What are the risk factors of chronic venous insufficiency (CVI)?

Updated: Sep 25, 2020
  • Author: Robert Weiss, MD; Chief Editor: William D James, MD  more...
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The incidence of CVI rises substantially with age. A history of DVT, which renders venous valves incompetent and thereby causes backflow and increased venous pressure, is a risk factor.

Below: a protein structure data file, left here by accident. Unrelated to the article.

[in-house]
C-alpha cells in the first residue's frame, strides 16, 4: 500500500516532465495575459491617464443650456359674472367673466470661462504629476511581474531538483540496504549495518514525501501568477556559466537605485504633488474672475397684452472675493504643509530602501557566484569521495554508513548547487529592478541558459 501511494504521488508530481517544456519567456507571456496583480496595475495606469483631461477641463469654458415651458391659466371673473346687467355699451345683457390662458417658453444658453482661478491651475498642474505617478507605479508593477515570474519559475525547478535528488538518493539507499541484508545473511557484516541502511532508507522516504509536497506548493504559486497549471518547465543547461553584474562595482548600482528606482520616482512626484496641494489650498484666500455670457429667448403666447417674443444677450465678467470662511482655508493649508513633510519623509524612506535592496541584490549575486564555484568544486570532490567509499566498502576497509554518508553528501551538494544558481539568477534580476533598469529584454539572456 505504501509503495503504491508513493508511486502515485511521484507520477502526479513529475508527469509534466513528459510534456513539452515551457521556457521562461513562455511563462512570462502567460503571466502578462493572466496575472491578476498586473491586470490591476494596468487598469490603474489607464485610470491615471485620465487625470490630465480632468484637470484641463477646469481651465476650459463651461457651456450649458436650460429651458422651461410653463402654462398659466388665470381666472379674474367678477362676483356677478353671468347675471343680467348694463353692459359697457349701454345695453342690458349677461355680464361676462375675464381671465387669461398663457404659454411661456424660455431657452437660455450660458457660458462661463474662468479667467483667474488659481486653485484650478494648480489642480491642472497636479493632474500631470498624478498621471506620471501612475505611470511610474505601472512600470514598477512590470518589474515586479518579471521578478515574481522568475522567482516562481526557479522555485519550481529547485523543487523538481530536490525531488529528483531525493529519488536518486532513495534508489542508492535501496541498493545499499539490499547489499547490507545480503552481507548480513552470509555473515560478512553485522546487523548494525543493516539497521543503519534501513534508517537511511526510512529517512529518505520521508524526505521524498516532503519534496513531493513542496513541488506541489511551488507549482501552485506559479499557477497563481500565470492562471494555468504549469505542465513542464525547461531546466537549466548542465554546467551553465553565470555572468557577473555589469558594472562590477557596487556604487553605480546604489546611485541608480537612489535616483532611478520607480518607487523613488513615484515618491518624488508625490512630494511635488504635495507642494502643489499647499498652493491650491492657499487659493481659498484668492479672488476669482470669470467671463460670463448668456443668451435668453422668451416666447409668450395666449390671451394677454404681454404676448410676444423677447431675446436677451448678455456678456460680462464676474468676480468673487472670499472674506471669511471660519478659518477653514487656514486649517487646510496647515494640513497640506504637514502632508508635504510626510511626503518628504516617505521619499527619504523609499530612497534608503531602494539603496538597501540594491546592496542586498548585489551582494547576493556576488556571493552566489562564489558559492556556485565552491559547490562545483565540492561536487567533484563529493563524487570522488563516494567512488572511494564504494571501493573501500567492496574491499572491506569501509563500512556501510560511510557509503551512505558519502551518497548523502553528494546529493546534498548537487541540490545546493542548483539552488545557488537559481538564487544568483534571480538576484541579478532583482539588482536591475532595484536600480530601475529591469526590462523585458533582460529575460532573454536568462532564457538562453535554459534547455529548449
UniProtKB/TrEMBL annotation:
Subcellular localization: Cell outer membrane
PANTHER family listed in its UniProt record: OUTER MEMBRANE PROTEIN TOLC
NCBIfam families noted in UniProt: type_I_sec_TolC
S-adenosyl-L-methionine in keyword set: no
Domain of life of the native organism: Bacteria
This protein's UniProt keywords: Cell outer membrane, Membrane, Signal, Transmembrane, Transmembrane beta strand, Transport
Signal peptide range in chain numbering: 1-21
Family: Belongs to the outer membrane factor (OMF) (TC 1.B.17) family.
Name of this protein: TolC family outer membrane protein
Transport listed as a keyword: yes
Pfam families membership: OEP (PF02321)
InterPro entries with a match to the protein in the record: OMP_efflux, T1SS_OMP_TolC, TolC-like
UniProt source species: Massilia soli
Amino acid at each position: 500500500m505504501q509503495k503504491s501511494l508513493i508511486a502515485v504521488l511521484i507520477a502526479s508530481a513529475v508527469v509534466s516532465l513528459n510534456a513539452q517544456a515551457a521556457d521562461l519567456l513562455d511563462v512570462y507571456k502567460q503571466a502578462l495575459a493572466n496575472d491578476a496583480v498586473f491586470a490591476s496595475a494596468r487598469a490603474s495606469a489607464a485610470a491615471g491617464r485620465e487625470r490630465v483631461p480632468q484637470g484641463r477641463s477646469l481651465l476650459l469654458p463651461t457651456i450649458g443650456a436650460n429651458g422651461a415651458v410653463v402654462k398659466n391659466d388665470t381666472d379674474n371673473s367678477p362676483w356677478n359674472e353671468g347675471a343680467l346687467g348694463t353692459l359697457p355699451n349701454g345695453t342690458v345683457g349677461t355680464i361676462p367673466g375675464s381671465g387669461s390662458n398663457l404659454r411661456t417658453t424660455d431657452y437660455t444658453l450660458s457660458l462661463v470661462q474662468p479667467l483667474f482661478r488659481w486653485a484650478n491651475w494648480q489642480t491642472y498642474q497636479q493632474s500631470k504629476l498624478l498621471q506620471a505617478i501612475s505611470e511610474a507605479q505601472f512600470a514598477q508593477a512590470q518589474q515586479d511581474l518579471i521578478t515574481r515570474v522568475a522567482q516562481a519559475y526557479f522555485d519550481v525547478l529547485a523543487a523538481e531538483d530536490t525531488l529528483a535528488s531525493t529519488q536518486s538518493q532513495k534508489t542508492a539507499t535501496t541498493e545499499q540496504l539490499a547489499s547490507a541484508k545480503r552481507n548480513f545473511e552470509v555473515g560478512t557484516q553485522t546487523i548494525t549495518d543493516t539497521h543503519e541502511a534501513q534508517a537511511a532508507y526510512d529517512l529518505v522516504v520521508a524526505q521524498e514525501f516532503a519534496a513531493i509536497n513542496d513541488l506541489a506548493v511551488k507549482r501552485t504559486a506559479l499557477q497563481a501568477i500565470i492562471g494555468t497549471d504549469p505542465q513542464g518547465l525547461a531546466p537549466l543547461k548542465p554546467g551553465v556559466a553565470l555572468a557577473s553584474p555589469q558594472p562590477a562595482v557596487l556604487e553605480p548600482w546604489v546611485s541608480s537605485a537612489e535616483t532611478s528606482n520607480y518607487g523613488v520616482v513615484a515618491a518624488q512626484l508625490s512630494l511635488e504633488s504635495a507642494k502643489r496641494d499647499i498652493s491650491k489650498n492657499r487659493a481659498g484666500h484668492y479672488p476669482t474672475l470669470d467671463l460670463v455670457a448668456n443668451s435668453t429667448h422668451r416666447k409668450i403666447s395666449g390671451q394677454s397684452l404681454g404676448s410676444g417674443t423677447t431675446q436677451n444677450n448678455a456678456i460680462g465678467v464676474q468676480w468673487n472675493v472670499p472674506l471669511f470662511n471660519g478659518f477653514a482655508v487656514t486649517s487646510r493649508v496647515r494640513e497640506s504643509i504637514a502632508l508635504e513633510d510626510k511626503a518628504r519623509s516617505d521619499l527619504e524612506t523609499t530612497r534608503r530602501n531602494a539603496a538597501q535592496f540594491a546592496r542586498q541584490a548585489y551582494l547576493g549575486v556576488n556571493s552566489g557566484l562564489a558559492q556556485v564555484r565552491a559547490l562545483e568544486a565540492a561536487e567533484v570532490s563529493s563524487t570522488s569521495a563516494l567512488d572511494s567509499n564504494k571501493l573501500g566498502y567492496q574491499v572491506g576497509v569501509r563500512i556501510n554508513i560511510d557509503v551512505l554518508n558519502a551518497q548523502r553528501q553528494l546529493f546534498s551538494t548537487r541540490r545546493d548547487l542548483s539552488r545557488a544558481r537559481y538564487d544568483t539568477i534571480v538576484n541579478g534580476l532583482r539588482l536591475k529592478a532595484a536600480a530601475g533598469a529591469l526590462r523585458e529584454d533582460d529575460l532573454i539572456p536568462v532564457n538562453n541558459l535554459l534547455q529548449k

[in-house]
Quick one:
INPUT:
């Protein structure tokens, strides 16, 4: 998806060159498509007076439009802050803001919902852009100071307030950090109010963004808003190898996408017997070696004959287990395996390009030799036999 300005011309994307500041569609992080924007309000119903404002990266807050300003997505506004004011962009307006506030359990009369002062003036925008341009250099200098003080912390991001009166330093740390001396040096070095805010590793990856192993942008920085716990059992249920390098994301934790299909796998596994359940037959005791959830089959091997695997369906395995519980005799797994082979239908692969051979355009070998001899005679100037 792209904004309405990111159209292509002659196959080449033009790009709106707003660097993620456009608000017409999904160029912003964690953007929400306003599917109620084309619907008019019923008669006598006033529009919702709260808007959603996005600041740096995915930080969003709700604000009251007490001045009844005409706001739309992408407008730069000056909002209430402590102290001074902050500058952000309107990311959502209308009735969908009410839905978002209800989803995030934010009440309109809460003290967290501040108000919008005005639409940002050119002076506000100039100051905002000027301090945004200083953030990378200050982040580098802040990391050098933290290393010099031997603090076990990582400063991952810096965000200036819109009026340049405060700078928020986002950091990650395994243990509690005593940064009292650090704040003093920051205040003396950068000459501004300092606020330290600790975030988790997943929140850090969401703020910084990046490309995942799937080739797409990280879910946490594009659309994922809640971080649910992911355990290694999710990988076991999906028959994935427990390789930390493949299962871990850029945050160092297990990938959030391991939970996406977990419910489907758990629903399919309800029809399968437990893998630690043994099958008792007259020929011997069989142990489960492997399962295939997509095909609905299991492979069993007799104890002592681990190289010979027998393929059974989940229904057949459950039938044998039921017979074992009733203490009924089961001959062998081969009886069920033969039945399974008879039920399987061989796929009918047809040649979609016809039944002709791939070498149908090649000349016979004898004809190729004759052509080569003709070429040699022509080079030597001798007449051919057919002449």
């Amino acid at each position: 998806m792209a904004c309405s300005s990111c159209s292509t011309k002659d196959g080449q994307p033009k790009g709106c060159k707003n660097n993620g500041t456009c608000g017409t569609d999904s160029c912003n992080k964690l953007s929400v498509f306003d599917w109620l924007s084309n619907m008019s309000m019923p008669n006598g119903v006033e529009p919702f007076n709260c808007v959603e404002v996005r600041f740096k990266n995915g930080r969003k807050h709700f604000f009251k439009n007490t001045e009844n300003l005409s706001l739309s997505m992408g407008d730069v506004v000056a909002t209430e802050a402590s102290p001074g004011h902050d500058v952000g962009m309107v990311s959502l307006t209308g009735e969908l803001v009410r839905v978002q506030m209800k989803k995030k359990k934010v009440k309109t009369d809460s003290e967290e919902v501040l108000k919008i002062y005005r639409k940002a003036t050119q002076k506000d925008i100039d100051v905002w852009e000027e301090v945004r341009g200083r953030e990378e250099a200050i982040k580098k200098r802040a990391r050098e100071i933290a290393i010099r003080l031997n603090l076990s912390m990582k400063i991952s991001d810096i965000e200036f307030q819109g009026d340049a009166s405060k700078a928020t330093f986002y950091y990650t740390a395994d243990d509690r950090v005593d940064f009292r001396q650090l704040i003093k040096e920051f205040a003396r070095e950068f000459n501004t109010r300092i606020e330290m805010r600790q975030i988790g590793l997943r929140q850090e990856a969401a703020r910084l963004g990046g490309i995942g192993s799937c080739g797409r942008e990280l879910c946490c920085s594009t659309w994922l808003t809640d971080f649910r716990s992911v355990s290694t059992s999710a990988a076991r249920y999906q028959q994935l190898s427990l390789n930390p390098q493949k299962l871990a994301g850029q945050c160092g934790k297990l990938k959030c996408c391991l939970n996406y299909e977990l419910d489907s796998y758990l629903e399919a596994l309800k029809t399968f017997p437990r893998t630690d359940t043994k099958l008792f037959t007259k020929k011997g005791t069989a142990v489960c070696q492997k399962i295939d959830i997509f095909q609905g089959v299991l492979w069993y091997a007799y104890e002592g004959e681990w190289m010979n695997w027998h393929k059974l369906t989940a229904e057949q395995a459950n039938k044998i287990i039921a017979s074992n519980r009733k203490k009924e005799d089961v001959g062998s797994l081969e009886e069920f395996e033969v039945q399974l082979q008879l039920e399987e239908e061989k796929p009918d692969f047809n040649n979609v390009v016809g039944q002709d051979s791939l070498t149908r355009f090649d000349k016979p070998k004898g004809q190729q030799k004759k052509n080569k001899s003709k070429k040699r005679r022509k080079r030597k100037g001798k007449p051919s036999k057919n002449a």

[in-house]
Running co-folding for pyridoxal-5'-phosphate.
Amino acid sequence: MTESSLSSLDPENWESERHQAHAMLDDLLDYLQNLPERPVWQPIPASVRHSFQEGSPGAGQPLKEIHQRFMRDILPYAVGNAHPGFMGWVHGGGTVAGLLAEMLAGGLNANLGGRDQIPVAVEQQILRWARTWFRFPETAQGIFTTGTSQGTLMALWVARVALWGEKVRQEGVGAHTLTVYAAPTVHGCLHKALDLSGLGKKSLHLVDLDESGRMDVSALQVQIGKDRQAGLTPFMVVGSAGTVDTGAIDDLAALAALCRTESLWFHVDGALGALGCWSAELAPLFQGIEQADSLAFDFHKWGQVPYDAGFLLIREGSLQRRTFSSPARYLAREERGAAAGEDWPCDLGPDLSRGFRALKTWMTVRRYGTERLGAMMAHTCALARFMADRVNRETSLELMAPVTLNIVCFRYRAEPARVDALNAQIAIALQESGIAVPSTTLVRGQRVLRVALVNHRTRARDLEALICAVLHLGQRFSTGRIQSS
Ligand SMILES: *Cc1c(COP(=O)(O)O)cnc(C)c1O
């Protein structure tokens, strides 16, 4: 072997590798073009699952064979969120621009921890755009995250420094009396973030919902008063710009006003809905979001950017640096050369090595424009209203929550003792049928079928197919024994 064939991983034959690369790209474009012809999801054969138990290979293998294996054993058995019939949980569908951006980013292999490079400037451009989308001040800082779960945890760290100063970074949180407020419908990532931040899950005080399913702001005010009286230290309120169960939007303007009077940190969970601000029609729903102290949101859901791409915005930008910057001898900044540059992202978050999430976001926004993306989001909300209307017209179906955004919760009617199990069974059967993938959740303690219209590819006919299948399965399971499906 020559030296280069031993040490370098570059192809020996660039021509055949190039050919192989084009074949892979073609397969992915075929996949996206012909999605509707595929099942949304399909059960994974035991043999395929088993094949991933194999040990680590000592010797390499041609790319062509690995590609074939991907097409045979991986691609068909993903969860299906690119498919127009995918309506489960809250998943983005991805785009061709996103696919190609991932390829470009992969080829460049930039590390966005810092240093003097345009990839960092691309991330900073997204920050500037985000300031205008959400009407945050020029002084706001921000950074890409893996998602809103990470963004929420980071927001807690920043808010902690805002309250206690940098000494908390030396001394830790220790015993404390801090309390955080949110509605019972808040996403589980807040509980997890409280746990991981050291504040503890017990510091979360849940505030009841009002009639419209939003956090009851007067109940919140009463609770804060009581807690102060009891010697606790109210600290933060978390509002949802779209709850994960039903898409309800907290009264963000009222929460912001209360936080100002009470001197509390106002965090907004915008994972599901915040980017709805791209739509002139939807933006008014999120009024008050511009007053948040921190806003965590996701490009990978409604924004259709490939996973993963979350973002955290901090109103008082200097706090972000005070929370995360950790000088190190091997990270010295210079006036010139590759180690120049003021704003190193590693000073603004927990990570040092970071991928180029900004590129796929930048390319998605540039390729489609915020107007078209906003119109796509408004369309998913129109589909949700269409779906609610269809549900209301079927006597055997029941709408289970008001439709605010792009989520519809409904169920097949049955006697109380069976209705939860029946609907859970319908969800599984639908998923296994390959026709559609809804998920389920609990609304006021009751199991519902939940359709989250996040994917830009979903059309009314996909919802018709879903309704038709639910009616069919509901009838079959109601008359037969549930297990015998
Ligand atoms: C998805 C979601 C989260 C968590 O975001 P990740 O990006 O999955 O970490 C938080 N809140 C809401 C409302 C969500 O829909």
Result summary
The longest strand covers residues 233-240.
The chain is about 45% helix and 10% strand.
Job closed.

A sedentary lifestyle minimizes the pump action of calf muscles on venous return, causing higher venous pressure. CVI occurs more frequently in women who are obese. Vocations that involve standing for long periods predispose individuals to increased venous pressure in dependent lower extremities. A higher incidence of CVI is observed in men who smoke. Pregnancy is an important causative factor in the development of peripheral venous insufficiency. Contraceptive medication use, hypertension, previous leg injuries, and low intake of cellulose fibbers have also been considered. [5]

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